Edit this page
Replication is vital for increasing precision and accuracy of scientific claims. However, when replications “succeed” or “fail,” they could have reputational consequences for the claim’s originators. Surveys of United States adults (N = 4,786), undergraduates (N = 428), and researchers (N = 313) showed that reputational assessments of scientists were based more on how they pursue knowledge and respond to replication evidence, not whether the initial results were true. When comparing one scientist that produced boring but certain results with another that produced exciting but uncertain results, opinion favored the former despite researchers’ belief in more rewards for the latter. Considering idealized views of scientific practices offers an opportunity to address incentives to reward both innovation and verification.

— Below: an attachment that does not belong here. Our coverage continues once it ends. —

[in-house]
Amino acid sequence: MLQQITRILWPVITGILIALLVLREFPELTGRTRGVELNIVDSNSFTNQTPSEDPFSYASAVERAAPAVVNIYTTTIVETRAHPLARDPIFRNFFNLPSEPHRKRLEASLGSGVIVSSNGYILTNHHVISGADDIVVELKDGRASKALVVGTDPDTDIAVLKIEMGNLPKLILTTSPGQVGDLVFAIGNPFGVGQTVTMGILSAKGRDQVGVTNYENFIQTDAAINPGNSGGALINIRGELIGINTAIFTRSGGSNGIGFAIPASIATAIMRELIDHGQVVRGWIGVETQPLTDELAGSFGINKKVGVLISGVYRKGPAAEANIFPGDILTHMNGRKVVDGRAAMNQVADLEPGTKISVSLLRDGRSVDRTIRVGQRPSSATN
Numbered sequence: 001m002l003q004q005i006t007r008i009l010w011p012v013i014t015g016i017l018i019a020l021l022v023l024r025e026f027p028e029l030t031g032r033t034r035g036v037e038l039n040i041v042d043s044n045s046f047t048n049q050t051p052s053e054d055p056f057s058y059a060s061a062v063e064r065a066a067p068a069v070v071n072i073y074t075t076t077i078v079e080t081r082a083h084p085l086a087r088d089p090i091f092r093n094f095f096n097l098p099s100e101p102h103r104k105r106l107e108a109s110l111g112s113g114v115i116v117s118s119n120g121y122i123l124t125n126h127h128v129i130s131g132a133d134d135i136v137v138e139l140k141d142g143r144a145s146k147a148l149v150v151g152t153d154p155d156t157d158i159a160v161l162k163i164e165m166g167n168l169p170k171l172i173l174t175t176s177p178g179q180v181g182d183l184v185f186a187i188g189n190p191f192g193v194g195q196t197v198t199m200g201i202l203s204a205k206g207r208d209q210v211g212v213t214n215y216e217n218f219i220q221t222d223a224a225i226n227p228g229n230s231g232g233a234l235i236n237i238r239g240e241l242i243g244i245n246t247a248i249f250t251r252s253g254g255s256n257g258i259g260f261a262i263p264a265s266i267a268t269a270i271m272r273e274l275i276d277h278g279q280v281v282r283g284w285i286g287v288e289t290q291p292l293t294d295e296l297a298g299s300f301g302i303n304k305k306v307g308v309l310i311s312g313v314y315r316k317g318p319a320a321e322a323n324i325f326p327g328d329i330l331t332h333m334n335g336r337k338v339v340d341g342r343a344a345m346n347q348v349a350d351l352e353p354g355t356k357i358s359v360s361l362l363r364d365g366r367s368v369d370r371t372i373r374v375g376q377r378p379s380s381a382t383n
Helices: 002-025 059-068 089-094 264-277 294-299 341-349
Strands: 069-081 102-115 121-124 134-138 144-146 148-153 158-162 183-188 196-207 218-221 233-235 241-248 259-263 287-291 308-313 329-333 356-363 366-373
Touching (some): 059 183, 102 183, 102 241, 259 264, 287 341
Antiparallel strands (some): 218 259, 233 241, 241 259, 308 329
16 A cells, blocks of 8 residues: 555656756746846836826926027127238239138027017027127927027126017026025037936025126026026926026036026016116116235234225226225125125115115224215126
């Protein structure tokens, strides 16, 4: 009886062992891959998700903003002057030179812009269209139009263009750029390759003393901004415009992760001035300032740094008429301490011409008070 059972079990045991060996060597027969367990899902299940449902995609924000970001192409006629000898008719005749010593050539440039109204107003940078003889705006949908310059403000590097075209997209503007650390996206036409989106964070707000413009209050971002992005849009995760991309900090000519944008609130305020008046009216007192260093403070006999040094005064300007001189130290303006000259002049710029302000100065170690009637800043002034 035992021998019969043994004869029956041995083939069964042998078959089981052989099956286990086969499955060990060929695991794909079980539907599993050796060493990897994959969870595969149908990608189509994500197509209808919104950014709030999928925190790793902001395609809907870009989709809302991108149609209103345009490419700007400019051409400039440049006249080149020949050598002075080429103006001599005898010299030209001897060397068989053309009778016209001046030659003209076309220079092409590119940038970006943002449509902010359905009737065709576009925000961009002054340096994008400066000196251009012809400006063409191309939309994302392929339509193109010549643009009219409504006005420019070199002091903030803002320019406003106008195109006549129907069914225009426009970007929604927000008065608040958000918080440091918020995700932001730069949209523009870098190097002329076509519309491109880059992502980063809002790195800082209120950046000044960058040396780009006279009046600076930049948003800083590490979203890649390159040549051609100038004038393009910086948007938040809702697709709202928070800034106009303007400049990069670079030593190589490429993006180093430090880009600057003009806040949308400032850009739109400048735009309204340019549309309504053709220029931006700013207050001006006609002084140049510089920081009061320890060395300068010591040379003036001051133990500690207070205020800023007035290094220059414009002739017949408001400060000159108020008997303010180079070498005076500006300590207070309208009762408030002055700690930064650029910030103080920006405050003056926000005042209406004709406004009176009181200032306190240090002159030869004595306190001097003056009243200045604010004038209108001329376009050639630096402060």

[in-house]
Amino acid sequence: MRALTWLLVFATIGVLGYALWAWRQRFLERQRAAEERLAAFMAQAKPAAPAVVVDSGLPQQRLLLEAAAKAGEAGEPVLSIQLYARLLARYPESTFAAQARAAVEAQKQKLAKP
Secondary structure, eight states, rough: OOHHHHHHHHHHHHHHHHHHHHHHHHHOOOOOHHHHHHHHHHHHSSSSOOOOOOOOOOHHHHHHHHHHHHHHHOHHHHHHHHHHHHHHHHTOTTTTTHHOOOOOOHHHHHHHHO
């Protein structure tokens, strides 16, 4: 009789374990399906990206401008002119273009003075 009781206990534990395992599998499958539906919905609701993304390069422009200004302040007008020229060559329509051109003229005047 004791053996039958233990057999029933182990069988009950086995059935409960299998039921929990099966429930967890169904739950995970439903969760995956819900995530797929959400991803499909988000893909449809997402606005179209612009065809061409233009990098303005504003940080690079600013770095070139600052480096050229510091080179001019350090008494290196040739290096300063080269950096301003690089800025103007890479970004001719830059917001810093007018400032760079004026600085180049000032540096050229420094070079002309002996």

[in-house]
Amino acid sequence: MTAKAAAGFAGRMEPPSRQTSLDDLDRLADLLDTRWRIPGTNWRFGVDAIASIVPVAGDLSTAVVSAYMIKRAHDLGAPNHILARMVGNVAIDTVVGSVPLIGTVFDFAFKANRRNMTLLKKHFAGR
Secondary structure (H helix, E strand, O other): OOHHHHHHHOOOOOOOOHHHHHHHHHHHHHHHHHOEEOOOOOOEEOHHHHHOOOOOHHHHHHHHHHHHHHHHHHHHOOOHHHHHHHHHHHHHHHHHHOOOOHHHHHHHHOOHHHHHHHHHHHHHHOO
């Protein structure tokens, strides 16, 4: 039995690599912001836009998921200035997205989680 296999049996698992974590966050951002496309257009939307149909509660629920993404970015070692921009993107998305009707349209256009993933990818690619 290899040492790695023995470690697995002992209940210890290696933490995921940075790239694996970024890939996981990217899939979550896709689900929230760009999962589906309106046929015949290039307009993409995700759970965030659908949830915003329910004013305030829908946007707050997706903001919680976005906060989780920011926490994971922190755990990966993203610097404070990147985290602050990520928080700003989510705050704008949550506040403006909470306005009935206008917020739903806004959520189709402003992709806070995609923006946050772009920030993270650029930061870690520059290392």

Link to resource: https://doi.org/10.1371/journal.pbio.1002460
Type of resources: Primary Source, Reading, Paper
Education level(s): College / Upper Division (Undergraduates)
Primary user(s): Student
Subject area(s): Applied Science, Social Science